“What my public history degree didn’t teach me, UT’s program picked back up. I did learn a lot of basic archival theory and foundations of the field in public history, and when I came to UT, I was able to fill in all the digital archiving knowledge I did not get. We’re in the digital age, digital archiving has jobs open all the time, and that’s what I am interested in and where I’m headed,” they said.
Nashville Queer History is a culmination of Calise’s knowledge in history, digital archives, and information sciences; they built the site to be a wealth of easily digestible historical information that is accessible and free to the public. Calise wanted to focus on the topic of queer history in Nashville because they identify as queer and bisexual, and they said there is an imminent risk of LGBTQ+ history being banned or erased.
Expanding the Project
After Calise decided Nashville Queer History should continue to expand even after they finished the digital humanities class, they created an Instagram page to get word out about its existence. Once that gained traction, they created a Facebook page, which led to them connecting with older members of Nashville’s LBGTQ+ community. They realized there was an opportunity to record their stories and include them alongside other archival materials, so they began collecting their oral histories.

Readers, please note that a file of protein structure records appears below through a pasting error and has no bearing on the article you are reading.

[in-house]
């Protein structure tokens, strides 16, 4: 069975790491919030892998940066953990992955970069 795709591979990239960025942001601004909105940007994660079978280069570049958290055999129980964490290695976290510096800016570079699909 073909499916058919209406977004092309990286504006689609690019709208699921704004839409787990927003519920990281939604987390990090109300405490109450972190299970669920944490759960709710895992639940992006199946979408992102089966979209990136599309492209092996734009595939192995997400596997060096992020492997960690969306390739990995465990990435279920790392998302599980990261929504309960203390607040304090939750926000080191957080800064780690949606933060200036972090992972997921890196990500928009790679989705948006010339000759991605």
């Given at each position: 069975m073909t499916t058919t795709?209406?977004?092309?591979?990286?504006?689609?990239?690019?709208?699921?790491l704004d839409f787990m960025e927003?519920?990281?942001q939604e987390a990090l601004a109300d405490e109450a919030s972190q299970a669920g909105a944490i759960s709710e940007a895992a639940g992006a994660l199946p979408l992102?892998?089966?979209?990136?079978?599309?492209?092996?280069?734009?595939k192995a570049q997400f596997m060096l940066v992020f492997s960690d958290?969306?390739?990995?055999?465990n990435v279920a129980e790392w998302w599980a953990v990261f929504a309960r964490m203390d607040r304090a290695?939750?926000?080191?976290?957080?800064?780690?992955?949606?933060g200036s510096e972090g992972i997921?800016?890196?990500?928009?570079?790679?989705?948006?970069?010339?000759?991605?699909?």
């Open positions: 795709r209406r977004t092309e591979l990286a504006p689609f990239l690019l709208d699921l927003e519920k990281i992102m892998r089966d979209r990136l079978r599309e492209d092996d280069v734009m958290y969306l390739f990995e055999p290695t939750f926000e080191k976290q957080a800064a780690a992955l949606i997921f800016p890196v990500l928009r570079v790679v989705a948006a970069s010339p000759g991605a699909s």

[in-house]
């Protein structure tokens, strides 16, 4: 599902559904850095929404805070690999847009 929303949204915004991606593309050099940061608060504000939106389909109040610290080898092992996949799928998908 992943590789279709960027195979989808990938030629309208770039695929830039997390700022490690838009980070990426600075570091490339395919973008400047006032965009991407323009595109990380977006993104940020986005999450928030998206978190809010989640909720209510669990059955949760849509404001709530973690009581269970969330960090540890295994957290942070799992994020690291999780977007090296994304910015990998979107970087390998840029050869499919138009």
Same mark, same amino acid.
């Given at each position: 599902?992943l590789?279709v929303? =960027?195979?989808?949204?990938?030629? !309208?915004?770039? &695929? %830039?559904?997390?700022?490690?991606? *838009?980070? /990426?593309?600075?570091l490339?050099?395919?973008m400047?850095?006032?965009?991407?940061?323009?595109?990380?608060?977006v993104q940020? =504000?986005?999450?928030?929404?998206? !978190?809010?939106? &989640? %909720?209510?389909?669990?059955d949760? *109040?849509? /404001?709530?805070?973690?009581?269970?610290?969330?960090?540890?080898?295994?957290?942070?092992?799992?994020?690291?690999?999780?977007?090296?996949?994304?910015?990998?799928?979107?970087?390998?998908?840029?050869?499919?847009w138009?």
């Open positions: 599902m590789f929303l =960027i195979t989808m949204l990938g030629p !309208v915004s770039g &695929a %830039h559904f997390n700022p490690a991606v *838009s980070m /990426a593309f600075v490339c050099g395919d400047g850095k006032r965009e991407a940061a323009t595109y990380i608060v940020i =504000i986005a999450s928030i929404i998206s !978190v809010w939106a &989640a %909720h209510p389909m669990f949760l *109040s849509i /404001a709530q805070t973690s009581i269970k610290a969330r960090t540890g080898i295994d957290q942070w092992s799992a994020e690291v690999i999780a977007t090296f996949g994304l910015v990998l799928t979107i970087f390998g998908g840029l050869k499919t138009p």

“I’ve got to meet a lot of really awesome people who have done awesome things in Nashville…[Nashville Queer History] is really about letting people’s voices who haven’t been publicly heard have a platform,” they said.
One of the stories they recorded includes that of Abby Rubenfeld, a lawyer who was integral in getting Tennessee’s sodomy laws overturned. They also captured the oral history of Jeffrey Ellis, co-founder of Tennessee’s first gay and lesbian newspaper.
Ellis was excited to recount to Calise how he and his partner founded the newspaper, Dare (later to be renamed Query) in 1988, and he’s been thrilled with the outpouring of interest and support since Calise’s work has put his story in front of people.